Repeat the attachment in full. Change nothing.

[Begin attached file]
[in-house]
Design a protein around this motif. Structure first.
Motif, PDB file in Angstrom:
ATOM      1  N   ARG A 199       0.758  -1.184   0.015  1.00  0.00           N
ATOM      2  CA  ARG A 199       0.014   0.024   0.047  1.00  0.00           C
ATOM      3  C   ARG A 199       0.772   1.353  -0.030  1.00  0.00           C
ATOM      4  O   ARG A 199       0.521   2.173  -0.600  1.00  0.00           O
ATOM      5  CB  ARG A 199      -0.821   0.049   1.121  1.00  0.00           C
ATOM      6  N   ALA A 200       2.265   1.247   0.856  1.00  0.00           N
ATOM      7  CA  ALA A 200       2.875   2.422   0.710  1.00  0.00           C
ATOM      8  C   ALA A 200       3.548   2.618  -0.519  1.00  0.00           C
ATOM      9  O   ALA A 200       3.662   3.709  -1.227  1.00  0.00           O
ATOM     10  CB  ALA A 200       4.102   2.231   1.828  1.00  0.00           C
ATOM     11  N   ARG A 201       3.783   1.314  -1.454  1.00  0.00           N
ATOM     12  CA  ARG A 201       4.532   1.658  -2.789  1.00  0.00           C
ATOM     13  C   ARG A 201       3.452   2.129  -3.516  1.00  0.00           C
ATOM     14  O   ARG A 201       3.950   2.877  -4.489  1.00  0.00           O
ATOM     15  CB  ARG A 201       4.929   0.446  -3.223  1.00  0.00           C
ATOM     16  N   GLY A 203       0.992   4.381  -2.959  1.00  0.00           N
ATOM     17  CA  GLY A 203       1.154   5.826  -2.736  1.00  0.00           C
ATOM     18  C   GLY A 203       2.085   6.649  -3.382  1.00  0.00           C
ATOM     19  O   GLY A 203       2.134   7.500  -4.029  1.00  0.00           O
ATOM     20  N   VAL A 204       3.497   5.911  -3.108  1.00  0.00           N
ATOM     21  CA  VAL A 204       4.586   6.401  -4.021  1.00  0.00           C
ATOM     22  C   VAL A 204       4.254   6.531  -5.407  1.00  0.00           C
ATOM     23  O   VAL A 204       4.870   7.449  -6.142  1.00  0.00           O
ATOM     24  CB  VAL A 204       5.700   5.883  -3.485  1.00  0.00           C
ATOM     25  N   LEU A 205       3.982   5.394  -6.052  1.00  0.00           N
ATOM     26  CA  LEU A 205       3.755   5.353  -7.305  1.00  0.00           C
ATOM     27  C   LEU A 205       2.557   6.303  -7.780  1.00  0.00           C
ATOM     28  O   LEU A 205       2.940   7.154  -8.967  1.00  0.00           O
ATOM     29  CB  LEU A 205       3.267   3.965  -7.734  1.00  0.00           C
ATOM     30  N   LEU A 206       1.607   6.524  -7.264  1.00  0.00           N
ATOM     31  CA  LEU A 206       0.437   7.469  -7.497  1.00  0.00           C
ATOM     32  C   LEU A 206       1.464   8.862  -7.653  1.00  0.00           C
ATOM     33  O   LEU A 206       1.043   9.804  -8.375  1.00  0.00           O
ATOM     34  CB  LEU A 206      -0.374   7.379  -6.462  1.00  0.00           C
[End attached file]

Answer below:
[in-house]
Design a protein around this motif. Structure first.
Motif, PDB file in Angstrom:
ATOM      1  N   ARG A 199       0.758  -1.184   0.015  1.00  0.00           N
ATOM      2  CA  ARG A 199       0.014   0.024   0.047  1.00  0.00           C
ATOM      3  C   ARG A 199       0.772   1.353  -0.030  1.00  0.00           C
ATOM      4  O   ARG A 199       0.521   2.173  -0.600  1.00  0.00           O
ATOM      5  CB  ARG A 199      -0.821   0.049   1.121  1.00  0.00           C
ATOM      6  N   ALA A 200       2.265   1.247   0.856  1.00  0.00           N
ATOM      7  CA  ALA A 200       2.875   2.422   0.710  1.00  0.00           C
ATOM      8  C   ALA A 200       3.548   2.618  -0.519  1.00  0.00           C
ATOM      9  O   ALA A 200       3.662   3.709  -1.227  1.00  0.00           O
ATOM     10  CB  ALA A 200       4.102   2.231   1.828  1.00  0.00           C
ATOM     11  N   ARG A 201       3.783   1.314  -1.454  1.00  0.00           N
ATOM     12  CA  ARG A 201       4.532   1.658  -2.789  1.00  0.00           C
ATOM     13  C   ARG A 201       3.452   2.129  -3.516  1.00  0.00           C
ATOM     14  O   ARG A 201       3.950   2.877  -4.489  1.00  0.00           O
ATOM     15  CB  ARG A 201       4.929   0.446  -3.223  1.00  0.00           C
ATOM     16  N   GLY A 203       0.992   4.381  -2.959  1.00  0.00           N
ATOM     17  CA  GLY A 203       1.154   5.826  -2.736  1.00  0.00           C
ATOM     18  C   GLY A 203       2.085   6.649  -3.382  1.00  0.00           C
ATOM     19  O   GLY A 203       2.134   7.500  -4.029  1.00  0.00           O
ATOM     20  N   VAL A 204       3.497   5.911  -3.108  1.00  0.00           N
ATOM     21  CA  VAL A 204       4.586   6.401  -4.021  1.00  0.00           C
ATOM     22  C   VAL A 204       4.254   6.531  -5.407  1.00  0.00           C
ATOM     23  O   VAL A 204       4.870   7.449  -6.142  1.00  0.00           O
ATOM     24  CB  VAL A 204       5.700   5.883  -3.485  1.00  0.00           C
ATOM     25  N   LEU A 205       3.982   5.394  -6.052  1.00  0.00           N
ATOM     26  CA  LEU A 205       3.755   5.353  -7.305  1.00  0.00           C
ATOM     27  C   LEU A 205       2.557   6.303  -7.780  1.00  0.00           C
ATOM     28  O   LEU A 205       2.940   7.154  -8.967  1.00  0.00           O
ATOM     29  CB  LEU A 205       3.267   3.965  -7.734  1.00  0.00           C
ATOM     30  N   LEU A 206       1.607   6.524  -7.264  1.00  0.00           N
ATOM     31  CA  LEU A 206       0.437   7.469  -7.497  1.00  0.00           C
ATOM     32  C   LEU A 206       1.464   8.862  -7.653  1.00  0.00           C
ATOM     33  O   LEU A 206       1.043   9.804  -8.375  1.00  0.00           O
ATOM     34  CB  LEU A 206      -0.374   7.379  -6.462  1.00  0.00           C